Harold Rosen’s 50-year-old revolutionary message: children bring a wealth of culture, language and experience to the classroom

John Richmond .

Harold Rosen was a leader of thought in the world of English teaching in the second half of the twentieth century. He and his colleagues forged and sustained a new understanding of the purpose and possibilities of secondary school English. Beyond the constituency of secondary English, Harold’s teachings, writings and activities illuminated many more people’s understanding of the relationship between language and learning in any context, whatever the age of the learner and the content of the learning.

On 20 March, the UCL Institute of Education Press launches Harold Rosen: Writings on life, language and learning 1958-2008, which I have edited. This is a bringing-together of most of Harold’s Read more ›

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Posted in Teaching, learning, curriculum & assessment

Technical education: going beyond parity of esteem

Matthew Harrison

The announcement of a further £500m a year for 16-19 technical education made in the Budget this week, along with a 50% rise in the training provided to a total of 900 hours per year from 2019, has been warmly welcomed by business, industry and in education.

It is about time technical education got the investment in its foundations to compete with the best Vocational Education and Training (VET) systems around the world.

The Chancellor’s announcement produces 15 new ‘world class routes’ of ‘equal value to A Levels’ to ‘prepare school and college leavers for the changing job market’.

There have been similar announcements before, dozens of them in fact, over several Read more ›

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Posted in Further higher and lifelong education, Education policy

What kind of learning do we need to make the most of the new technological revolution?

Rose Luckin

Learning is the key to success in the fourth industrial revolution and I was delighted to be asked to provide evidence to the Future of Work Commission at the House of Lords. It helped me to crystalize my thinking.

Learning is at the heart of the fundamental insight that motivated reformers and precipitated the creation of state-funded universal schooling in the Industrial Revolution. This insight was that when education fails to keep pace with technology, workers suffer, fall behind, and society starts to fragment. When learning and innovation progress in harmony then we all feel the benefits. Finland’s Minister of Education and Culture, for example, has said that she wanted her country to be “continuously learning” and developing “strong, transferable skills” in a society where people can “return to education when they need it.”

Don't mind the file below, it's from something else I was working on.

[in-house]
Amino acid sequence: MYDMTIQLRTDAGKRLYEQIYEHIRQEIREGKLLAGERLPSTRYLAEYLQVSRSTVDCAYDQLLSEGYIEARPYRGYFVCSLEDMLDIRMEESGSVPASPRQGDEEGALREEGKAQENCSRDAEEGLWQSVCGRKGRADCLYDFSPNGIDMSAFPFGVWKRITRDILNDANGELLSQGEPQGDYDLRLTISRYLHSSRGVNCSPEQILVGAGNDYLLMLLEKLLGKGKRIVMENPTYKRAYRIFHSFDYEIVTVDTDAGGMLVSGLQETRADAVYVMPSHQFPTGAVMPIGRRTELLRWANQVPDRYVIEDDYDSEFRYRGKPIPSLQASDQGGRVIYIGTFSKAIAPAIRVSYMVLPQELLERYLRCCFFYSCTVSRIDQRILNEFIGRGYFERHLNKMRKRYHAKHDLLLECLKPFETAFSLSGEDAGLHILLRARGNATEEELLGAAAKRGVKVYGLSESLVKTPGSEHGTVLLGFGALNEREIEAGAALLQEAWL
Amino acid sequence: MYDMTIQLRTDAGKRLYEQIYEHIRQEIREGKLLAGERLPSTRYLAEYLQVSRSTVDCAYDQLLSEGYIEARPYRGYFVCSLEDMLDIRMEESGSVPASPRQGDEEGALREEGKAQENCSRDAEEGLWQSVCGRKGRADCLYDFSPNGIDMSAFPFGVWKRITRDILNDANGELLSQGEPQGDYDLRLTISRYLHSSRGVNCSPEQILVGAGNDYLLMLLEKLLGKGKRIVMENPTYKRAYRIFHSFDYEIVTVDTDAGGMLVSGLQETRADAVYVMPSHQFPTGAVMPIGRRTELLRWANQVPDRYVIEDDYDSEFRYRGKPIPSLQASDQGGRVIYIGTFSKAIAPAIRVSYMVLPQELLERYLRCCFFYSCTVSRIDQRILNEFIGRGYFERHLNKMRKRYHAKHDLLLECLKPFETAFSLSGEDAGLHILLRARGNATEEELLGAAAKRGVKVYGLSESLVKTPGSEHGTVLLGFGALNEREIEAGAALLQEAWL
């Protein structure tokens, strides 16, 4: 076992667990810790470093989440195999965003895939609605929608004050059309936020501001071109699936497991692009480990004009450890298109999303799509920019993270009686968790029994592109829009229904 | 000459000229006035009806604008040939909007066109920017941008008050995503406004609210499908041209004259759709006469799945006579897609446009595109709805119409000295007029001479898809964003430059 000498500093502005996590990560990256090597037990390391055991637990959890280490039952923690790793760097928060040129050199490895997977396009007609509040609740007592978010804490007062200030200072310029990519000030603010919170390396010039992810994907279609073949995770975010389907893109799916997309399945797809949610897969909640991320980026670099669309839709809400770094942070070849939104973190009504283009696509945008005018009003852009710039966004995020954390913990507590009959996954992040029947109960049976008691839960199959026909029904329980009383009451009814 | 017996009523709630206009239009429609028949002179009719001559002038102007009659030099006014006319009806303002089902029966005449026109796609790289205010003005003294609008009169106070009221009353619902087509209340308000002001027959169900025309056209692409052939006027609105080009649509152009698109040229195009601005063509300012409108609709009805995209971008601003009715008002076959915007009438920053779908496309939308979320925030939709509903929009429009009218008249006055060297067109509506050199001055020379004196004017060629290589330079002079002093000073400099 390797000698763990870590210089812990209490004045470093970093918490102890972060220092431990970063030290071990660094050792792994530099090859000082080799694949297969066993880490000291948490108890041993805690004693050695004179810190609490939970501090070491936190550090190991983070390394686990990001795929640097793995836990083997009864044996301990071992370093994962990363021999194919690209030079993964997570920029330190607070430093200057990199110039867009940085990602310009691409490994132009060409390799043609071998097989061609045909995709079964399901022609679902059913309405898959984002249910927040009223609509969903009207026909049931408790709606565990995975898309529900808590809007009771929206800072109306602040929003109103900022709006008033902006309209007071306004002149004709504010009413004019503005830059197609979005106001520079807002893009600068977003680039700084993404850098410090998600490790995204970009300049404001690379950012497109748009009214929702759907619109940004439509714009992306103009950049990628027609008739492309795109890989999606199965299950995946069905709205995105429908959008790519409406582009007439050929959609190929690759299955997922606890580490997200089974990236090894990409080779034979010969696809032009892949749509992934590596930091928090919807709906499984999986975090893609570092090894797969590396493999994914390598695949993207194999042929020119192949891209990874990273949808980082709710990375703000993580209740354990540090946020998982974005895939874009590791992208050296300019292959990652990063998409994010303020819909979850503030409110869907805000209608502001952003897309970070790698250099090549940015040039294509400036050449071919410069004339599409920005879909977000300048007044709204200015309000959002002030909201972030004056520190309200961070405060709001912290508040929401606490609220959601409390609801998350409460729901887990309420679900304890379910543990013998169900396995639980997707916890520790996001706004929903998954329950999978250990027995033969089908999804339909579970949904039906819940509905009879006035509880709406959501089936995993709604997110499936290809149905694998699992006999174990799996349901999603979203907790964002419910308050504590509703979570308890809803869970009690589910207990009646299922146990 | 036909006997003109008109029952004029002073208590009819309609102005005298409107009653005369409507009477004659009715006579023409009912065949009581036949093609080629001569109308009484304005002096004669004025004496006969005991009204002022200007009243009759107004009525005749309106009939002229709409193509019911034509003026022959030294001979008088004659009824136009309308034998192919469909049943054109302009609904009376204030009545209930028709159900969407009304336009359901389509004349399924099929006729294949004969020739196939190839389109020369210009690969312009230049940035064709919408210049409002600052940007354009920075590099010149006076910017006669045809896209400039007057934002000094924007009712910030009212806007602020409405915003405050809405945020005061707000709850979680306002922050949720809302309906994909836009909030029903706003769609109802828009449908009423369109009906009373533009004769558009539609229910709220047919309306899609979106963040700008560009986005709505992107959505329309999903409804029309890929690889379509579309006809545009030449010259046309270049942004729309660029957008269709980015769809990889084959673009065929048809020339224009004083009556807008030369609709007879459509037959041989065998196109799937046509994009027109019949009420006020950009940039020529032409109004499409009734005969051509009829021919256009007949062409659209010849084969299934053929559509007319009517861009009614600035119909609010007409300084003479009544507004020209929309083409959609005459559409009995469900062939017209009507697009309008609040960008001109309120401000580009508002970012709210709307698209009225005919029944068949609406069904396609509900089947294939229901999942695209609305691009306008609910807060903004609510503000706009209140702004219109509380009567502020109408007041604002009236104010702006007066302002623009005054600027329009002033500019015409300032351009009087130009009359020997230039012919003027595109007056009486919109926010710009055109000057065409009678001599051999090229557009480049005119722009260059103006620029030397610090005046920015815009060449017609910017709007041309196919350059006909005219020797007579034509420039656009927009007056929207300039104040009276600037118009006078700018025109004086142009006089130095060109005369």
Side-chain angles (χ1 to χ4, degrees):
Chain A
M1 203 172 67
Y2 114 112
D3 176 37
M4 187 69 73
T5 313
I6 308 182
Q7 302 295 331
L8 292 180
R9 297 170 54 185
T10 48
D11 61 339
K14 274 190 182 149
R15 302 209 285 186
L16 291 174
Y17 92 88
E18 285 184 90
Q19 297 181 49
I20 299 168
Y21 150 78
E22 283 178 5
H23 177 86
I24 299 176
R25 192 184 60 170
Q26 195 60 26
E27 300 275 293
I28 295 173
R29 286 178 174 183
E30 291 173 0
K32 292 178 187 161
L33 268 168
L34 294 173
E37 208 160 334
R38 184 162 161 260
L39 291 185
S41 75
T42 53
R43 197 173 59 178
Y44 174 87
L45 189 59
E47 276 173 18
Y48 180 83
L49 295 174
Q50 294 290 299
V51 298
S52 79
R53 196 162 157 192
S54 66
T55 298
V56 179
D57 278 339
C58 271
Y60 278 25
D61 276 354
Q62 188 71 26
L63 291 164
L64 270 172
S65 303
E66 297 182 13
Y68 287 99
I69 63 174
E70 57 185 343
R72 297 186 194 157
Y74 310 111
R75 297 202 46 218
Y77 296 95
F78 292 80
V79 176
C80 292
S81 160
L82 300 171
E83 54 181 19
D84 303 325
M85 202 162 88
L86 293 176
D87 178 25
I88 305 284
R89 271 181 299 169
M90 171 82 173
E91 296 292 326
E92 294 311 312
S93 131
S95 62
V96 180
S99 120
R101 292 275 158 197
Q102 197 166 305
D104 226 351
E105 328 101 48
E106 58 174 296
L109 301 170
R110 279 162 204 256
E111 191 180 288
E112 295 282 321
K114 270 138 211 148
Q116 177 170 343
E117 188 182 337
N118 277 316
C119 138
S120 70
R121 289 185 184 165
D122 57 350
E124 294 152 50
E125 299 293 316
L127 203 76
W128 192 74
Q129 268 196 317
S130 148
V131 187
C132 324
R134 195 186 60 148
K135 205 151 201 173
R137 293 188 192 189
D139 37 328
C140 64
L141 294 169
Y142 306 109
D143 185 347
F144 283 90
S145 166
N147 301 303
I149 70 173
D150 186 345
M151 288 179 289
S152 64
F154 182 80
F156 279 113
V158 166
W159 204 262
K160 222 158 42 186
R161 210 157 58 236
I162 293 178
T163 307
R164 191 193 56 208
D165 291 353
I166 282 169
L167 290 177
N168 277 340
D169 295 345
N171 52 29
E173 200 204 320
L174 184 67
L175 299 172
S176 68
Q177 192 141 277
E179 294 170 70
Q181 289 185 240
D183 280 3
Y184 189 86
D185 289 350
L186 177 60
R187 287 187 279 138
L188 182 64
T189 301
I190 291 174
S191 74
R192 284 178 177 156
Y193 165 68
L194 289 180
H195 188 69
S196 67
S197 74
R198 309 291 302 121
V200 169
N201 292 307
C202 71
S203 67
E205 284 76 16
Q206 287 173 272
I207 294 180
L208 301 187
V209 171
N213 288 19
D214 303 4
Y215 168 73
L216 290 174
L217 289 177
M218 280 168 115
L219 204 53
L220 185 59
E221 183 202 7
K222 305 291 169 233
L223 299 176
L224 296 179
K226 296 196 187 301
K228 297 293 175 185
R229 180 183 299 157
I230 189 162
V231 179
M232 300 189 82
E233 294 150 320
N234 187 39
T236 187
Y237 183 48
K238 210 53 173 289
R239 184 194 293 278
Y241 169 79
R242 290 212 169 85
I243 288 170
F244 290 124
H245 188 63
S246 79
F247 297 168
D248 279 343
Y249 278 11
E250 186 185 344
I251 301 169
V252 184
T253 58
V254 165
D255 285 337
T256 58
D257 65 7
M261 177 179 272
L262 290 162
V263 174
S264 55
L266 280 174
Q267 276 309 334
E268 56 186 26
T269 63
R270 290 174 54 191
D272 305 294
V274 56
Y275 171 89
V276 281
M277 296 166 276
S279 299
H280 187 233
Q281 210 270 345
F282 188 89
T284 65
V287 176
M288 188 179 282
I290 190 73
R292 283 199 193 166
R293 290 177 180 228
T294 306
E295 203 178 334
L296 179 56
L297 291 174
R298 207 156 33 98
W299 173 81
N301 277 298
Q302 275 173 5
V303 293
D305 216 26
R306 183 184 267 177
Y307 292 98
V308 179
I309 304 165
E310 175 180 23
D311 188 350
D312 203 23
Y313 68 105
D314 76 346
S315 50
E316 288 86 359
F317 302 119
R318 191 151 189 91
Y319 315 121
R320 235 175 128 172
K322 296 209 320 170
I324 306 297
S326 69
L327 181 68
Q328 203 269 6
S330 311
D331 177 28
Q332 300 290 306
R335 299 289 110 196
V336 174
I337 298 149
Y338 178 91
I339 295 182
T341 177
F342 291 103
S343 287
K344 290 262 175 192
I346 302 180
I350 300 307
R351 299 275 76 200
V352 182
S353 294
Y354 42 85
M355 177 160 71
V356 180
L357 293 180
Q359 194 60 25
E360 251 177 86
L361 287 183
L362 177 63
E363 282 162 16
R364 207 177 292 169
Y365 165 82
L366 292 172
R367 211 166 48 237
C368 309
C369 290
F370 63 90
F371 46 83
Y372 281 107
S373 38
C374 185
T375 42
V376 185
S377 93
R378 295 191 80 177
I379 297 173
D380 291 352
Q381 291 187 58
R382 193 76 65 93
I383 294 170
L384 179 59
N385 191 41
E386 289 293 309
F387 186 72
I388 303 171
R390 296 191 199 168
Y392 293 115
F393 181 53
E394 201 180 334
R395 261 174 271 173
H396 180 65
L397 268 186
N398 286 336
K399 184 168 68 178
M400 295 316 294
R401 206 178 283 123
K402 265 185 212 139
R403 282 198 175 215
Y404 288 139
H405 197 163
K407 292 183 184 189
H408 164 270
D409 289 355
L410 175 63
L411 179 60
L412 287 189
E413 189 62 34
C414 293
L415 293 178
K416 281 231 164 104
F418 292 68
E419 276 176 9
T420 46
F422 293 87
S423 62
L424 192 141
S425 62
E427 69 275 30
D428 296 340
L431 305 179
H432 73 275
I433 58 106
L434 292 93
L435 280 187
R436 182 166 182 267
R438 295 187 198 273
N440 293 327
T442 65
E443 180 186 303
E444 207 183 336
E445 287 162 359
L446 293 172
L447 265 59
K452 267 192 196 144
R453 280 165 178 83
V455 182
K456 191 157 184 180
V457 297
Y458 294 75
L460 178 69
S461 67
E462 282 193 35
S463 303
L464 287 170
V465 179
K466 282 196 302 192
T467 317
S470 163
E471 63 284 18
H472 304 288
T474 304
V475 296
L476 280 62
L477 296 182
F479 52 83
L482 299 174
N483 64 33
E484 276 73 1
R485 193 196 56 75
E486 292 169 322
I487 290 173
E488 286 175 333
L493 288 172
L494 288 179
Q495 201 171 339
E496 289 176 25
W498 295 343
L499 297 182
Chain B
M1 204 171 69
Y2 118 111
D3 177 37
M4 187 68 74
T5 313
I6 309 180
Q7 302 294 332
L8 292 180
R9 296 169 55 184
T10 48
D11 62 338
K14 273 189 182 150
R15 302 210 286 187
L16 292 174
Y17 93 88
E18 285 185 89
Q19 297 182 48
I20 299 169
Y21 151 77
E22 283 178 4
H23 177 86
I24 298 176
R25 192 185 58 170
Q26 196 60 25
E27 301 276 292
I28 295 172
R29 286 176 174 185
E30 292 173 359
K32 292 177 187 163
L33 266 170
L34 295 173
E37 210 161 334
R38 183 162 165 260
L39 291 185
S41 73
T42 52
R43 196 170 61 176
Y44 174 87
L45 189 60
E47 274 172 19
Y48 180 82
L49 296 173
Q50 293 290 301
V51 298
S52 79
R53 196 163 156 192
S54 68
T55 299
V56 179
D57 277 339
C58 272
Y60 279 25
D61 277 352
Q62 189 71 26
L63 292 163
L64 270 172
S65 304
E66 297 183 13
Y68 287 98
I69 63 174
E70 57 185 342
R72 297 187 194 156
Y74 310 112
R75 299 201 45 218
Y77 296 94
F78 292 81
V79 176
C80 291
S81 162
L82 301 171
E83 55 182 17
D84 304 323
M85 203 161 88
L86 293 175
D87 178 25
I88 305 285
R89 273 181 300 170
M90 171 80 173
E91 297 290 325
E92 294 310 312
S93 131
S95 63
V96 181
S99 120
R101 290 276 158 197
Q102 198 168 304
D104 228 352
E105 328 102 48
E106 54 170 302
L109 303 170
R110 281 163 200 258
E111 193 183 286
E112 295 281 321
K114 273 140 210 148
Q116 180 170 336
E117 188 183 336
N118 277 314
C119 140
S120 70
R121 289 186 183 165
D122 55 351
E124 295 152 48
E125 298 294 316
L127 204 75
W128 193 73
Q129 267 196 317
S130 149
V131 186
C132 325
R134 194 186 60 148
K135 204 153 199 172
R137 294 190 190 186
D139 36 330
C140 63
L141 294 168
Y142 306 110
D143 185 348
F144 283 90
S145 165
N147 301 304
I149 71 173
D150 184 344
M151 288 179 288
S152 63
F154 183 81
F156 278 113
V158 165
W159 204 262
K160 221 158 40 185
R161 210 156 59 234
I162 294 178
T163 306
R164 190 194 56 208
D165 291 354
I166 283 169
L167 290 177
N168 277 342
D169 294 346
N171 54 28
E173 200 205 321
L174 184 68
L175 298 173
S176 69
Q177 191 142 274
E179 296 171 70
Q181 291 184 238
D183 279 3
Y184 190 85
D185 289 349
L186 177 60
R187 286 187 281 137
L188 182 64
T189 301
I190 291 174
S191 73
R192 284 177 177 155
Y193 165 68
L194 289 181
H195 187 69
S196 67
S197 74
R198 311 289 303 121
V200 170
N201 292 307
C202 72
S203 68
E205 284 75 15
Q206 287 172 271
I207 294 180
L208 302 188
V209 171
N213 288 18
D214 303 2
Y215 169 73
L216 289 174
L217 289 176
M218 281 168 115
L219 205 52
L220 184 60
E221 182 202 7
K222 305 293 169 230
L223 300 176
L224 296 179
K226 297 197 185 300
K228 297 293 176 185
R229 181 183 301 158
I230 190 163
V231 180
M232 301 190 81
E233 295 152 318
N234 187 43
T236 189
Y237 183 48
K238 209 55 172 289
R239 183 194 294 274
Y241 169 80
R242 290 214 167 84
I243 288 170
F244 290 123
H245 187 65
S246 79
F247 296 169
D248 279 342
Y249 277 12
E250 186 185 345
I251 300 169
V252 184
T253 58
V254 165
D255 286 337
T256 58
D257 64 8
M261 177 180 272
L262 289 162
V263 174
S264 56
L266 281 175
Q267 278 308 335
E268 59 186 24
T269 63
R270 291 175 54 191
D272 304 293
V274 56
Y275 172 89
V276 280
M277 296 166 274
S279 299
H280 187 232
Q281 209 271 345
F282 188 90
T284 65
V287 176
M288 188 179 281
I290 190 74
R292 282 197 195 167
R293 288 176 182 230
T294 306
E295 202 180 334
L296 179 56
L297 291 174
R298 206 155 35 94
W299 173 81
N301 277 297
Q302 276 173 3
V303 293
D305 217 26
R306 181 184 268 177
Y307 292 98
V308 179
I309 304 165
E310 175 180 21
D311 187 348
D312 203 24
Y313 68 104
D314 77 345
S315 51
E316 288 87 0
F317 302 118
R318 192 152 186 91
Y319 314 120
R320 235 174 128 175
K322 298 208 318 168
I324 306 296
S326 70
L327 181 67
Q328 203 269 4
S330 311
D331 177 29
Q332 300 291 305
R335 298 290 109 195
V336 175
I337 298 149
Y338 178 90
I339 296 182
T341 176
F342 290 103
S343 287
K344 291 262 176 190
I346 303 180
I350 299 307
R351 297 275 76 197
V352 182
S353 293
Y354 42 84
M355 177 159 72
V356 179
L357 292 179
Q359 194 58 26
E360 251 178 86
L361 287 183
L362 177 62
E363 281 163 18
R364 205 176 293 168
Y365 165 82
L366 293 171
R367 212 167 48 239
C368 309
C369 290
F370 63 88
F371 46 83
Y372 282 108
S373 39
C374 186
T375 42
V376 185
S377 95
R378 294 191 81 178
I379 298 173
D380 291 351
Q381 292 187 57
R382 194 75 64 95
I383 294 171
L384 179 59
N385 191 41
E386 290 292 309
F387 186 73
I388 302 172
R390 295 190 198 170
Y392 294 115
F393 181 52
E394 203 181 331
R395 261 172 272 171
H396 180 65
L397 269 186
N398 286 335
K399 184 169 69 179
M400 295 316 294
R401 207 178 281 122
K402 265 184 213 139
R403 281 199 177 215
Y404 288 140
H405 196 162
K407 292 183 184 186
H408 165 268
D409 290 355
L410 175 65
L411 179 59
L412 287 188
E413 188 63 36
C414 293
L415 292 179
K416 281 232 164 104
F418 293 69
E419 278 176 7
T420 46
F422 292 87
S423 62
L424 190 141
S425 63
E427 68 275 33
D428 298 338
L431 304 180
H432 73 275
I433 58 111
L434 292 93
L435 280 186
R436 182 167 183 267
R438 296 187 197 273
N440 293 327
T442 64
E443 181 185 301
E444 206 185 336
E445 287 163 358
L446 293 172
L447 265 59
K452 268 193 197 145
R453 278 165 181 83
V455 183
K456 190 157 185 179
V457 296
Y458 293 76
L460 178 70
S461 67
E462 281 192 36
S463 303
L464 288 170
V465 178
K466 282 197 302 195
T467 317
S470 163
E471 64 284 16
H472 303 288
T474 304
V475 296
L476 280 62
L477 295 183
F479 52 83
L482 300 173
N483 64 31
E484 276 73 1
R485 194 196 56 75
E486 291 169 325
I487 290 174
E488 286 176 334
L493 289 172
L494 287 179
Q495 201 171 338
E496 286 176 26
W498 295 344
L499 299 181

But what does this mean? In order to prosper the UK needs a workforce that can adapt to Read more ›

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Posted in Education policy, Teaching, learning, curriculum & assessment

Grammar schools: why academic selection only benefits the very affluent

Image 20170308 24187 dsouv9

Simon Burgess, University of Bristol; Claire Crawford, University of Warwick, and Lindsey Macmillan, UCL

With the recent news that more than £500m has been set aside by the UK government for new free schools – many of which could well become grammar schools – the selective schooling debate is firmly back on the table. The Conversation

This £500m includes a one-off payment of £320m which will be allocated to help set up 140 new free schools. This comes on top of the already promised £216m which will help to rebuild and refurbish existing schools. The 140 new schools are in addition to the 500 already pledged to be created by 2020, and will pave the way for a new generation of grammar schools.

The cash boost comes as a schools white paper will be published over the next few weeks. It will include plans to reverse the ban on new grammars. The ban has been in place for nearly Read more ›

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Posted in Education policy, Schools, Social sciences and social policy

International Women’s Day: we cannot take progress for granted

Heather Joshi.

Is the glass half full or half empty? On International Women’s Day, here are some findings from our research. They point to progress, it’s true, but also to persistent inequality between men and women.

The good news is that over time the average pay gap has been reducing. For those aged under 30, it’s now narrow, thanks to the way women have increasingly been matching, if not overtaking, men in education. This progress should show through as 30-somethings get on and get older.

But that’s to come (perhaps). As for now, there remains disparity between men and women in mid life. Women of equal education and experience are not equally paid. Pay gaps become earnings gaps and across women’s lifetimes they are magnified because men work longer hours and spend more time in paid employment, with implications for pensions and the Read more ›

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Posted in Social sciences and social policy
This blog is written by academics at the UCL Institute of Education.


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